PBS Hawaii Presents: Under a Jarvis Moon

This amazing one-hour documentary, produced by Bishop Museum, covers a forgotten chapter in Hawaii's history. The film tells the true story of over 130 young men from Hawaii who, from 1935 to 1942, were sent by the U.S. government to occupy the remote Pacific islands of Howland, Baker and Jarvis. The initial wave of "colonists" were native Hawaiian alumni and students from Kamehameha Schools.
When Aug 25, 2011
from 08:30 PM to 11:00 PM
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The broadcast premiere of Under a Jarvis Moon will air on Thursday, August 25th, at 8:30 p.m. This amazing one-hour documentary, produced by Bishop Museum, covers a forgotten chapter in Hawaii's history. The film tells the true story of over 130 young men from Hawaii who, from 1935 to 1942, were sent by the U.S. government to occupy the remote Pacific islands of Howland, Baker and Jarvis. The initial wave of "colonists" were native Hawaiian alumni and students from Kamehameha Schools. The federal government's rationale behind selecting Native Hawaiians was that they believed Hawaiians might be better suited than other races to withstanding the harsh living conditions on these islands. The purpose for the project was at first unclear, but it soon became evident that the claiming of these islands was integral to the United States' military strategies of the time.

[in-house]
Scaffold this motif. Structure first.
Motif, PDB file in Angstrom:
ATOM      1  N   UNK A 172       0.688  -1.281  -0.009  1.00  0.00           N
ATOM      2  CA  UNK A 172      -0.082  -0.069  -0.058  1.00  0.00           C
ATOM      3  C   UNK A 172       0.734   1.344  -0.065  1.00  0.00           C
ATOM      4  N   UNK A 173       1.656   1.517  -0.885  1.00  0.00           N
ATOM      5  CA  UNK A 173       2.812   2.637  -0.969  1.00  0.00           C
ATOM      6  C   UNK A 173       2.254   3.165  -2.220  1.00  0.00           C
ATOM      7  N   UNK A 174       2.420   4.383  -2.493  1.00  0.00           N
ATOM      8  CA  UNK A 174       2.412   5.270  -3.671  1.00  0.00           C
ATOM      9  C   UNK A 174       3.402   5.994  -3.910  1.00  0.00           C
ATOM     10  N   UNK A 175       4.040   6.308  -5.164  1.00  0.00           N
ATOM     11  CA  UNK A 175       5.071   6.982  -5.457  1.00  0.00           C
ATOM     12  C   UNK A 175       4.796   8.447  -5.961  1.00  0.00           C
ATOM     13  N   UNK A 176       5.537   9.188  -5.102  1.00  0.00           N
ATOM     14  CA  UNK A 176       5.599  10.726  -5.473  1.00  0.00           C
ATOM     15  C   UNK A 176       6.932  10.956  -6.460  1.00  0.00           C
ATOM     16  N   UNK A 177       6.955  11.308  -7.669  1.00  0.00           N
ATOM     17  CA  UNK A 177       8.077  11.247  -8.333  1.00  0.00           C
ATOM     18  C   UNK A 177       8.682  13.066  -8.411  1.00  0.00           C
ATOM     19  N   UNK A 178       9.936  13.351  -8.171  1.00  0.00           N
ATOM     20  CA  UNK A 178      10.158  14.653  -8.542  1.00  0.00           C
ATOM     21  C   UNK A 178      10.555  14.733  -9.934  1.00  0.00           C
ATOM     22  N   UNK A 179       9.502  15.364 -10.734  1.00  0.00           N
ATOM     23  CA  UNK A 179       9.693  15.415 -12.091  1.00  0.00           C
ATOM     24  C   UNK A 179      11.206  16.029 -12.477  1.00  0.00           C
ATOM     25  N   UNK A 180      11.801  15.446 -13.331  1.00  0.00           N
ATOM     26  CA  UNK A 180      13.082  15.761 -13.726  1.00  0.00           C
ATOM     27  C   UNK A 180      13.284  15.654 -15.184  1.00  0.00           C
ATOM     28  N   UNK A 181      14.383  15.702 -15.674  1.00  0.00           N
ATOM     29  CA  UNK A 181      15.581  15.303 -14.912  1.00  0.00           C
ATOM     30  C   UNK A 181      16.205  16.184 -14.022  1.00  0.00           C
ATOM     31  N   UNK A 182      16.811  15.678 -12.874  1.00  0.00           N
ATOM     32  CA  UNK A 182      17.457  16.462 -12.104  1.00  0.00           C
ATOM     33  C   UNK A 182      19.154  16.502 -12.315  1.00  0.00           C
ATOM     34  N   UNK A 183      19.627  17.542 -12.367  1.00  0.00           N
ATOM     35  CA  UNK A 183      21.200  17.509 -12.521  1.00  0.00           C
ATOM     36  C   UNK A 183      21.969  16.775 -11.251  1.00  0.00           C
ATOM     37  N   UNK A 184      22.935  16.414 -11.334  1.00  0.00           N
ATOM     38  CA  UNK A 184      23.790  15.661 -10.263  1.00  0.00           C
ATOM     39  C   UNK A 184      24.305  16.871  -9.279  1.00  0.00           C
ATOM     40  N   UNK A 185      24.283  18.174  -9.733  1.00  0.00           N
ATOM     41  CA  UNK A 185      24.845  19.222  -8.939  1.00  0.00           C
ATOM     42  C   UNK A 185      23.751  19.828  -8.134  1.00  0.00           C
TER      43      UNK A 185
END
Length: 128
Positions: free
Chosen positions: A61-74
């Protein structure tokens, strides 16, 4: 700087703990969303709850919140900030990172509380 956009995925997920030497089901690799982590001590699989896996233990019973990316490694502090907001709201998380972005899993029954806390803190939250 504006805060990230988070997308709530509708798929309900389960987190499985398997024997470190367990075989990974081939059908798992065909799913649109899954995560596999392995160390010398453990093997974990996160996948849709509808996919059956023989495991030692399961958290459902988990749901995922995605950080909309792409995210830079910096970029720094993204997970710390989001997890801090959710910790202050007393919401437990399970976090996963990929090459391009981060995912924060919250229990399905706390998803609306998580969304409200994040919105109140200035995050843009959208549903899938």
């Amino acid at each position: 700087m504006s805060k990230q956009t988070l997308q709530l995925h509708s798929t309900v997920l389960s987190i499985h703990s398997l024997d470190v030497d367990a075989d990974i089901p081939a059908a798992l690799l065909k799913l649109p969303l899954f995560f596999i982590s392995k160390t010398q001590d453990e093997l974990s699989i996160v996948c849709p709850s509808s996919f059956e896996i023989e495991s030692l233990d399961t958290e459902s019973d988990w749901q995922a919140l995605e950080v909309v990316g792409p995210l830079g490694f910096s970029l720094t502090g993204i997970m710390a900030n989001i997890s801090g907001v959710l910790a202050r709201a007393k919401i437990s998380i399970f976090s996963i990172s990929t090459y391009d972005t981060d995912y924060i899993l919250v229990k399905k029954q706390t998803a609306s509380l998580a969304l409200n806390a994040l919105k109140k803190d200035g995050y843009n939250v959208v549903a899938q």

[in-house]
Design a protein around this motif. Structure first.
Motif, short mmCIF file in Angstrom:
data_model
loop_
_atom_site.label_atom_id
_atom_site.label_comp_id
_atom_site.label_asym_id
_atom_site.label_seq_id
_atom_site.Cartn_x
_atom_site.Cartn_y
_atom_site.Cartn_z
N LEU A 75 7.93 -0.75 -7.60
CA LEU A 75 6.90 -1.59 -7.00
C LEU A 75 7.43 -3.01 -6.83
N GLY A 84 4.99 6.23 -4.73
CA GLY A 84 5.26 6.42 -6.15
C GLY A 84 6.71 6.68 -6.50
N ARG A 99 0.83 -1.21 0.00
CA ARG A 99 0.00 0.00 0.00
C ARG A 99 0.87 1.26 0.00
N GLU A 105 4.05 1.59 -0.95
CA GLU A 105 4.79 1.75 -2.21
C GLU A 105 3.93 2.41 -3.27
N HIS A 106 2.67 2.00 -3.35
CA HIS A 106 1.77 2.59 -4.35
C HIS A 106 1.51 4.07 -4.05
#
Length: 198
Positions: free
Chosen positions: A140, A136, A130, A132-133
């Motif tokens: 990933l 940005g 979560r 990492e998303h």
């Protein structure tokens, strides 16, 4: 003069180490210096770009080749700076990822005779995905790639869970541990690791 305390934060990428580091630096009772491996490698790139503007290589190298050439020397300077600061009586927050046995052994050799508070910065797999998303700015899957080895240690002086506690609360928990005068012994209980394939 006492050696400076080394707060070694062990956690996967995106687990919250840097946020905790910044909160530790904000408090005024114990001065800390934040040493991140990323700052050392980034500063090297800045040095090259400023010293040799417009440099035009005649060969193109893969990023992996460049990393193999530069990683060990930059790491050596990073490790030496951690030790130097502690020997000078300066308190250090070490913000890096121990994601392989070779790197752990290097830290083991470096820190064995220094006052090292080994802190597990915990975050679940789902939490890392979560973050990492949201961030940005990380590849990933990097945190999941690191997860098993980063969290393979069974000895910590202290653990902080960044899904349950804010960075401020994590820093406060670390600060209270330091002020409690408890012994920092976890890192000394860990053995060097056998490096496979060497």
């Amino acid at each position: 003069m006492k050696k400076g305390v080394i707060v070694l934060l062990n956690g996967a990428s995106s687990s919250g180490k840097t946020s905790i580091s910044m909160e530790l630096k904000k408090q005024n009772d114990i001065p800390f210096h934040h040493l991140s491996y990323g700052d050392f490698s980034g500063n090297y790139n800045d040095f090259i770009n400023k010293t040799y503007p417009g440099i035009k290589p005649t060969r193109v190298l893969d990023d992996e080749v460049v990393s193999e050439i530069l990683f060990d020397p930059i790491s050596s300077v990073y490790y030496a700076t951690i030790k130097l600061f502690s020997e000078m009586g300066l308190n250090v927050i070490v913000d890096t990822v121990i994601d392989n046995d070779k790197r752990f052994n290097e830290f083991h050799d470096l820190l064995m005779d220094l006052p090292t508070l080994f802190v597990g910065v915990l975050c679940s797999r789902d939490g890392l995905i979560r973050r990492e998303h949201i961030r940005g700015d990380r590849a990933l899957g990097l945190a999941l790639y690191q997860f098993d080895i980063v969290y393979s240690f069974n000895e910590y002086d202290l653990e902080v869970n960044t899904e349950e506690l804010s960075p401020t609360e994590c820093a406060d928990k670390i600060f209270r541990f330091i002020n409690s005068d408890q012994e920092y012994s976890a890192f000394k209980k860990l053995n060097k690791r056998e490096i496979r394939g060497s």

Learn more about the movie here.

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If you have a community event or action you'd like to post, you can contact Lauren Muneoka at (877) 585-2432 or lauren@kahea.org.